NHL

No rest for Crosby ahead of Pens' game vs. Predators

PITTSBURGH -- Penguins coach Mike Sullivan was asked Monday if he would consider hiding the skates of Pittsburgh captain Sidney Crosby so the NHL's leader in goals can get some down time.

"We might have to," Sullivan joked.

Crosby, who was in Los Angeles over the weekend as an All-Star as well as an all-time league Top 100 honoree, certainly could have rested with a game coming up Tuesday against the Nashville Predators at PPG Paints Arena. Instead, he wanted to practice with the Penguins when they reconvened after the break Monday.

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"I gave him the option. He wanted to skate," Sullivan said. "It doesn't surprise me, knowing Sid and how he approaches his job. He just has an appetite to be the best, and so he chose to skate.

"He felt strongly that he wanted to skate."

Sullivan said the Penguins will look at other ways to get a breather for Crosby, who has 28 goals this season and is seven points away from 1,000 for his career.

Having Crosby at his best now that the season is on the far side of the All-Star break is especially key while fellow star center Evgeni Malkin is out.

Malkin, who has a lower-body injury, is expected to miss his second straight game Tuesday and it not skating yet. Malkin sits third in the league with 54 points, one behind Crosby.

Pittsburgh's top defenseman, Kris Letang, stands a good chance of returning against the Predators after missing six games because of a left leg or knee injury.

January has been streaky for Pittsburgh. The month has included a three-game losing streak, a four-game winning streak, and last week before the break, a two-game losing streak.

The Predators, meanwhile, went into the break on a 7-1-1 run and have points in five straight games.

"I think we've turned a corner here a little bit," Nashville goaltender Pekka Rinne told the Predators' website. "I feel like throughout the season we've been finding consistency and, as of late, with the way we've been playing, even with our losses, I feel like we've been pretty happy with our games.

"That's a big thing for us, finding (consistency at) the right time in the season, and that has put us in a good spot in the standings, too. We have to respect and protect that position now."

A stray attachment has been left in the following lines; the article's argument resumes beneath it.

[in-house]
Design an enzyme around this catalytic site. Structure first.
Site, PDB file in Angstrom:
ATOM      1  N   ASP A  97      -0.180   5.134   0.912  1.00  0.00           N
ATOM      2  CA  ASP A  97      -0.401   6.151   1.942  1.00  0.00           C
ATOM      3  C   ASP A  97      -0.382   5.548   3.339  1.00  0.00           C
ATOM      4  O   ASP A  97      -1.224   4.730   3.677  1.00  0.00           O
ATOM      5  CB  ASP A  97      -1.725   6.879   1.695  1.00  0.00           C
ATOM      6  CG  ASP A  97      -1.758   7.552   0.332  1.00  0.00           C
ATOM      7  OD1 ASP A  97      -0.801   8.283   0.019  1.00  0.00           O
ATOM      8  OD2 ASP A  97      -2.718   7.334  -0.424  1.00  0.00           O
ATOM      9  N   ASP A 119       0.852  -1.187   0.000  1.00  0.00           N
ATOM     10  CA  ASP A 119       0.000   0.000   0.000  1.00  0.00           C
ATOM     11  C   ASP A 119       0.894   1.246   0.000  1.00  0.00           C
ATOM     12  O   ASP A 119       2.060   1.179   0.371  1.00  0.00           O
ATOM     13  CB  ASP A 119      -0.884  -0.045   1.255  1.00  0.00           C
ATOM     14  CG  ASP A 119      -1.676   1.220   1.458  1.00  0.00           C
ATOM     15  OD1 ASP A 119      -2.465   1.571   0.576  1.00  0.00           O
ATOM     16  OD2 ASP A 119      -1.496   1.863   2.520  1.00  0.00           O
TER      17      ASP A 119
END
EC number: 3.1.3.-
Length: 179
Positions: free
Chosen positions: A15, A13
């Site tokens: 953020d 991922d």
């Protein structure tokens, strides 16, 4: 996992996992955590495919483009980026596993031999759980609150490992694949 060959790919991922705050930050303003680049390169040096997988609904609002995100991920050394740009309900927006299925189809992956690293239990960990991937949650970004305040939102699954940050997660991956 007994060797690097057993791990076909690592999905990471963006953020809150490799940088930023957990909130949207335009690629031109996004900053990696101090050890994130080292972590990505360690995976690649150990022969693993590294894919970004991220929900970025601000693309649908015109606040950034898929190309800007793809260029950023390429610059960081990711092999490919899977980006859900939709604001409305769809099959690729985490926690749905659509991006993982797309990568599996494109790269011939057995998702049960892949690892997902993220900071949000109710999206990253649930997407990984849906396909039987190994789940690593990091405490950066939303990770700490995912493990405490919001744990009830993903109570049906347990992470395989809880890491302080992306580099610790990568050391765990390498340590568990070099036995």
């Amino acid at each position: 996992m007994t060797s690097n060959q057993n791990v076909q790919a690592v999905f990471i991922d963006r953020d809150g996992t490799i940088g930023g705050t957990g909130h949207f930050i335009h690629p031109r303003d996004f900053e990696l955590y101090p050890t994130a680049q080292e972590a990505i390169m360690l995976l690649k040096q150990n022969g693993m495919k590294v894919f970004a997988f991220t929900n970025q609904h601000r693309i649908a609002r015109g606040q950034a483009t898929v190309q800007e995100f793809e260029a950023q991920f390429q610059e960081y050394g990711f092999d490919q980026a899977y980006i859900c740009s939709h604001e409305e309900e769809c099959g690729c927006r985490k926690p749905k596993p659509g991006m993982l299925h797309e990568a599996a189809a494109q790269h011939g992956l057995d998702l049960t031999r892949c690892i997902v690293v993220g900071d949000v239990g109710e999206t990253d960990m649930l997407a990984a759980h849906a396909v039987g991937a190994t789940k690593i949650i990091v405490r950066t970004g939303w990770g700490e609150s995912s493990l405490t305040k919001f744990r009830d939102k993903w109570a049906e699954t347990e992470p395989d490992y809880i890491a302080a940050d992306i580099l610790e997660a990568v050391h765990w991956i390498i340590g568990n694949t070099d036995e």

Pittsburgh (30-13-5) and Nashville (24-17-8) sit third in their divisions and are closer to a wild-card spot than to first place.

"We know it will be a sprint," Crosby said of the balance of the season. "These are the games when the intensity starts to get higher."

As most All-Star weekend participants other than Crosby did Monday, Predators defenseman P.K. Subban skipped his team's practice.

Tuesday's game is the first of seven in 13 days for the Predators before they reach their five-day bye week. If nothing else, the busy schedule between breaks offers them a chance to try to match their play in the nine games before last weekend.

"Consistency is a hard thing," team captain Mike Fisher told the club website. "It's been tough to find, but I think now we've kind of established our team. We're starting to play with the confidence we were looking for earlier in the year."

The last time the teams met, Oct. 22 at Nashville, the Predators won 5-1 despite having several players sidelined because of food poisoning.

Backup goaltender Juuse Saros won that night, but it is likely Rinne will be in net Tuesday after the break.

The second period has been Nashville's dominant stretch, as the Predators hold a 61-32 scoring edge in the middle 20 minutes. The Penguins have been particularly dominant in the third period, where they have a 66-37 goal edge. They have 12 wins -- 24 of their 65 points -- when trailing or tied after two periods.